Feliz Carnaval! Happy Shrovetide! During this season before Lent, Catholics around the world indulge like no other time of the year. They treat themselves to special foods and drinks, host parties, and gather with family and friends. Carnaval (or Carnival in English) celebrations vary from place to place. But they often include events like parades, perfomances, church services, or community gatherings. Maryknollers have experienced Carnaval celebrations in many Latin American countries, like Peru, Guatemala, and Brazil.
Today we check in with Lay Missioners Jim and Karen Halberg Weaver in Bolivia as they celebrate Carnaval with their neighbors in March 2013. Their newsletter tells us that their Carnaval wasn’t as wild as Rio or Venice, but they still had a lot of fun!
¡Warm saludos to you! We hope this note finds you well and that spring finds you soon. We are celebrating Carnaval this month in Bolivia. Many different customs come together in this fiesta, but more than anything it is a time of celebrating life. In rural areas of the Andes, this is the time to check the potato fields to see if there will be a harvest. If the crop looks promising, people dance and celebrate and decorate the fields with flowers and candy to say thanks. Here in the city the custom is now to pray a blessing on your home and family, often with a fire and incense. Afterward people set off lots of fire crackers. Additionally, each weekend a different section of the city blocks the main streets to celebrate with parades of dancers and boundless water balloon and squirt gun fights.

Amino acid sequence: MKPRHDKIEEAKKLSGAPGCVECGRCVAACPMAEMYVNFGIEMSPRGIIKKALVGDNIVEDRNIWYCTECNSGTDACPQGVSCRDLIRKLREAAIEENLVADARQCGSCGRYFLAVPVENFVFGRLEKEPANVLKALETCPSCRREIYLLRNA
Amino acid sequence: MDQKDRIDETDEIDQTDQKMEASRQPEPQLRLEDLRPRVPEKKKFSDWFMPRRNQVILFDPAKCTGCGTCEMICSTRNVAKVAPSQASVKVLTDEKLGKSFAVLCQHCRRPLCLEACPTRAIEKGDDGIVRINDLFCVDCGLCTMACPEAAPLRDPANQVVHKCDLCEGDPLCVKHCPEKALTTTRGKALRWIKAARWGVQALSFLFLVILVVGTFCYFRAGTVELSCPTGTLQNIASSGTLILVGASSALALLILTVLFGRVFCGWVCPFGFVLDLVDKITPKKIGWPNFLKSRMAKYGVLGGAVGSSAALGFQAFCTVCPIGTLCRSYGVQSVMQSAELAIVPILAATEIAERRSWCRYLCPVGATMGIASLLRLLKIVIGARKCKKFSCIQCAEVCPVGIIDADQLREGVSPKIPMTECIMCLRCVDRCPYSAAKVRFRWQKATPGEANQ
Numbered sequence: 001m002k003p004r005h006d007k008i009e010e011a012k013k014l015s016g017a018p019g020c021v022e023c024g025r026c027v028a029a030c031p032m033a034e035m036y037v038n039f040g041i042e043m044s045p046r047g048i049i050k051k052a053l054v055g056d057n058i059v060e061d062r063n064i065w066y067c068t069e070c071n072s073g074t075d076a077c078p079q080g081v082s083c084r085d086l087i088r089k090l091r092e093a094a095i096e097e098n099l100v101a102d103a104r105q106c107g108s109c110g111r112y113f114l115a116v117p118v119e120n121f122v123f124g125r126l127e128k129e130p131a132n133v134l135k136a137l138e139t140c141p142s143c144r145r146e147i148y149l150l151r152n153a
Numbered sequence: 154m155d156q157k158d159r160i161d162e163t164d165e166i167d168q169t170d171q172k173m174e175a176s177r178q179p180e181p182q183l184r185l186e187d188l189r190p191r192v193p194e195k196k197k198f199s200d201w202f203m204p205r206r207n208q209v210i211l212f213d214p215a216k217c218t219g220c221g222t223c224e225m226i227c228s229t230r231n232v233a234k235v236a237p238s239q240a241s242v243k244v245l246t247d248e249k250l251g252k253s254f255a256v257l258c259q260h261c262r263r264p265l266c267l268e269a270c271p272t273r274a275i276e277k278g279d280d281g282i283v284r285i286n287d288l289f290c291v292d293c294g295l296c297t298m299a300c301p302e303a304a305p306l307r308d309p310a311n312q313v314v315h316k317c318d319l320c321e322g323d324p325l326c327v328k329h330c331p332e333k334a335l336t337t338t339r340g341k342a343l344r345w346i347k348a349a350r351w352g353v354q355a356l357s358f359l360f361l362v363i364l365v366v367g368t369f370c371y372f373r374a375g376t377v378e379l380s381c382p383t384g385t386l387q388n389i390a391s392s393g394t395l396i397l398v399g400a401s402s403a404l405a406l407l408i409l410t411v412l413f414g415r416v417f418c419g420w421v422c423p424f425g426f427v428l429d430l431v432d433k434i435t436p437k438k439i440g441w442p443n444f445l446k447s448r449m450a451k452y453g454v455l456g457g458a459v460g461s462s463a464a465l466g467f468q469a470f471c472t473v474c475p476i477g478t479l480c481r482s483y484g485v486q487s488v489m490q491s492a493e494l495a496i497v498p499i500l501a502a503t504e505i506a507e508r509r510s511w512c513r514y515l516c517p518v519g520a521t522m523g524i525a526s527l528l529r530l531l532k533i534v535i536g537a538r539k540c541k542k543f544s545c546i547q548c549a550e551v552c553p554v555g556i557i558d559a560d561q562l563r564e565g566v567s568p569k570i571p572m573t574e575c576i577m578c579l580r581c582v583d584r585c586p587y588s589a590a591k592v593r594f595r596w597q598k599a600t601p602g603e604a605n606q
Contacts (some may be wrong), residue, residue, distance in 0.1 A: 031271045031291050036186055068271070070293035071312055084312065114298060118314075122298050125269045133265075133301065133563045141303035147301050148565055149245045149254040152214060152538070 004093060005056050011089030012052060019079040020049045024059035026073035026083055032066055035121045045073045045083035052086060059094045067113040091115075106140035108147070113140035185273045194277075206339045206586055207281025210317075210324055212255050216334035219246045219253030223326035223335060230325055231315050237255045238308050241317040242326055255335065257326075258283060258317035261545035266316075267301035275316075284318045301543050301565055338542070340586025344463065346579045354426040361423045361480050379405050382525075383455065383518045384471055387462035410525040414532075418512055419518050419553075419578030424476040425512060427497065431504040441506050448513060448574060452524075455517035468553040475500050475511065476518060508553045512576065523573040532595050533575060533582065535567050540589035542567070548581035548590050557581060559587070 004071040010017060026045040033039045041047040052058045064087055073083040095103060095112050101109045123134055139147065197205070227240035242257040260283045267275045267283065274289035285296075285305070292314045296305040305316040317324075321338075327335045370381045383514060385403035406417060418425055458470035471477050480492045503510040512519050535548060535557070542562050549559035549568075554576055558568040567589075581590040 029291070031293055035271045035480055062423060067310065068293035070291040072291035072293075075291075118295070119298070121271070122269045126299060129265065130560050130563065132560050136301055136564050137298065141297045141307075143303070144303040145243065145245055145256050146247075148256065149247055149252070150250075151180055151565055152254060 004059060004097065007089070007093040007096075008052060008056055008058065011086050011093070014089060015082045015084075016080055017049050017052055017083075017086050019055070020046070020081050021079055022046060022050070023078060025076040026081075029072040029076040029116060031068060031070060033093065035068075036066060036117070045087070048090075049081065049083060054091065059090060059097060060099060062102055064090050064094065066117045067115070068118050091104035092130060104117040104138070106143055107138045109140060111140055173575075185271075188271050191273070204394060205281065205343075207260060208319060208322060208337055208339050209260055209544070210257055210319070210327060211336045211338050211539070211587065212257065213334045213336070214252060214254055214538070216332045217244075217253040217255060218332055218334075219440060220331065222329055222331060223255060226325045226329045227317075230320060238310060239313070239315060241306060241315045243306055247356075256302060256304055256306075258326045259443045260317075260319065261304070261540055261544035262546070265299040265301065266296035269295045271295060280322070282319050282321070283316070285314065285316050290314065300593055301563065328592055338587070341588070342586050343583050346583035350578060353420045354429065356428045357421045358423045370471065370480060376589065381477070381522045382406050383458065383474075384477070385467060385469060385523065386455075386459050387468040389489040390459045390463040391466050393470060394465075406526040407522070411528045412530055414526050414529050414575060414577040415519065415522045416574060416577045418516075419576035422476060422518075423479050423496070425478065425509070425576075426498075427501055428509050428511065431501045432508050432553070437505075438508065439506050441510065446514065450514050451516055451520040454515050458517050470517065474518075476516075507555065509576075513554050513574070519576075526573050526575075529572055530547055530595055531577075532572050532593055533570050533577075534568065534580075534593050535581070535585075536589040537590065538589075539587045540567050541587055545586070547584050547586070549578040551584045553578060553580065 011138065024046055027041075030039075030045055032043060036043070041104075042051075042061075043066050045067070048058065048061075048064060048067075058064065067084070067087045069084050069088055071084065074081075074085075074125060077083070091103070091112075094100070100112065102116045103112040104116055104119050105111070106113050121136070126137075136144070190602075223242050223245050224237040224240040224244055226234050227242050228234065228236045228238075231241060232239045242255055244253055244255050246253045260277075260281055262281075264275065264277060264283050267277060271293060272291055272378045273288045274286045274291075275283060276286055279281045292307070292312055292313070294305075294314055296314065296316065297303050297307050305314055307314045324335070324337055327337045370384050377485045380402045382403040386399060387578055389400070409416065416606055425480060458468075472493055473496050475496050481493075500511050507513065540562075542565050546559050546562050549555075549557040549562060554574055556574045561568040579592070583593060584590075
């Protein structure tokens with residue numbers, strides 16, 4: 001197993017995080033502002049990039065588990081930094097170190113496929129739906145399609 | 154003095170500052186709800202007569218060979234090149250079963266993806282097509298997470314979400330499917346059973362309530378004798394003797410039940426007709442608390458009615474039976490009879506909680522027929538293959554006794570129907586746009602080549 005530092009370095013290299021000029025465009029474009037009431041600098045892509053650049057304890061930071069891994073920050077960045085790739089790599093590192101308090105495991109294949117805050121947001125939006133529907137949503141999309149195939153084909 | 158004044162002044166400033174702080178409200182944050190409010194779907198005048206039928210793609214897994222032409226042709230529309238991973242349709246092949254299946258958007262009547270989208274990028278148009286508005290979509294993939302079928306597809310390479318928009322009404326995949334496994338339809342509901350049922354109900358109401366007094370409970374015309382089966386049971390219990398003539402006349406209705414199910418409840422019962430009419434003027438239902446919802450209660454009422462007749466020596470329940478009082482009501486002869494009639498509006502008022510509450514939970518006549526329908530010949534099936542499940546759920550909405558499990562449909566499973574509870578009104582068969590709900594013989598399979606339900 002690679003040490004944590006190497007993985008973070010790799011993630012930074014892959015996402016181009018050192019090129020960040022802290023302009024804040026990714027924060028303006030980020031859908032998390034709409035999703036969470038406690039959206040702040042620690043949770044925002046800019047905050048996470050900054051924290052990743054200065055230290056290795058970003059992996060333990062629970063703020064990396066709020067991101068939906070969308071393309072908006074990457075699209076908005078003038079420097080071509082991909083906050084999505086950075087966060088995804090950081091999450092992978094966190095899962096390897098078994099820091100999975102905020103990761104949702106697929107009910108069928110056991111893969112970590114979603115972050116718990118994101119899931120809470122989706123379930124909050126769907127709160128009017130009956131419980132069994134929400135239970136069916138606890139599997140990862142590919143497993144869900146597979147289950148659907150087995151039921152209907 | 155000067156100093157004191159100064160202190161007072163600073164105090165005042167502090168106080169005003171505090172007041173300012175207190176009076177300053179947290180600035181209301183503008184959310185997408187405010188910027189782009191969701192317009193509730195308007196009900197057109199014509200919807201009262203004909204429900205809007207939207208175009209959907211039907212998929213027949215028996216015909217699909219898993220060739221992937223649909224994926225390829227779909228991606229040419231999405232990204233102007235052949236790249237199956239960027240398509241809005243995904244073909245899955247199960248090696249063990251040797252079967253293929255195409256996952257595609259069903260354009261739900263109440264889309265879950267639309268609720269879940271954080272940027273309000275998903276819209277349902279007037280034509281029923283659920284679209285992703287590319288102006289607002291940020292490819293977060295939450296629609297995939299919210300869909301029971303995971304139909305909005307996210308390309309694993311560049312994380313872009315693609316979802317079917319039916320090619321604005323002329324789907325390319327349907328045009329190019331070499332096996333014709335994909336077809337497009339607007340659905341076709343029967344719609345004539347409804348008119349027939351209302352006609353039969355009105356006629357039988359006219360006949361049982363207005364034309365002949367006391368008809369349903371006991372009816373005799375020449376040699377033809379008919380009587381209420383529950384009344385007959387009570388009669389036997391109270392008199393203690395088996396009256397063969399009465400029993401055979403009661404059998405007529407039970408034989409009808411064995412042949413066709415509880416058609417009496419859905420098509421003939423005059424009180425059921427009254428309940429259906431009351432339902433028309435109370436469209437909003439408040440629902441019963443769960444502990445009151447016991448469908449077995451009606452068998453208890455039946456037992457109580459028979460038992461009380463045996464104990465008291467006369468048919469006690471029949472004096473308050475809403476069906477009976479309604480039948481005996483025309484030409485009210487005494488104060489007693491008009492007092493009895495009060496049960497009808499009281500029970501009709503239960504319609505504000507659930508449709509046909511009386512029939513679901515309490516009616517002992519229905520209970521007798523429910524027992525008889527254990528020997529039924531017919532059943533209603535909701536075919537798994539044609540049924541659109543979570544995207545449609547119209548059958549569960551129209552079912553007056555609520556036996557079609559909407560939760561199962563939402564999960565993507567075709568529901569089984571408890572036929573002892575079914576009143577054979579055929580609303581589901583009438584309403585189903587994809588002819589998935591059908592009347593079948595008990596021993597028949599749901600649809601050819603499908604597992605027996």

On the Monday before Ash Wednesday our parish community gathered for the yearly Carnaval ritual of checking the fields and praying for good leaders and an end to community discord. I encouraged the dancers to bless the earth worms as well in gratitude for soil health and the promise of future harvest. Then, we shared a large meal from the gardens we have been working, including fresh dug potatoes.
On Tuesday we were invited to join our neighbors Benito and Lidia as they prayed a blessing for their home. Benito shared stories of how traditionally people visited the home of those with whom they were in conflict to offer peace and begin a new year together. Unfortunately, this is a tradition that is losing some of its essence, though nearly everyone visits friends and family to participate in giving thanks and asking for blessings. Benito was accompanied by three of his brothers who are all musicians and play the accordion, charrango, guitar and drum. It was fun to join them in singing Carnaval songs.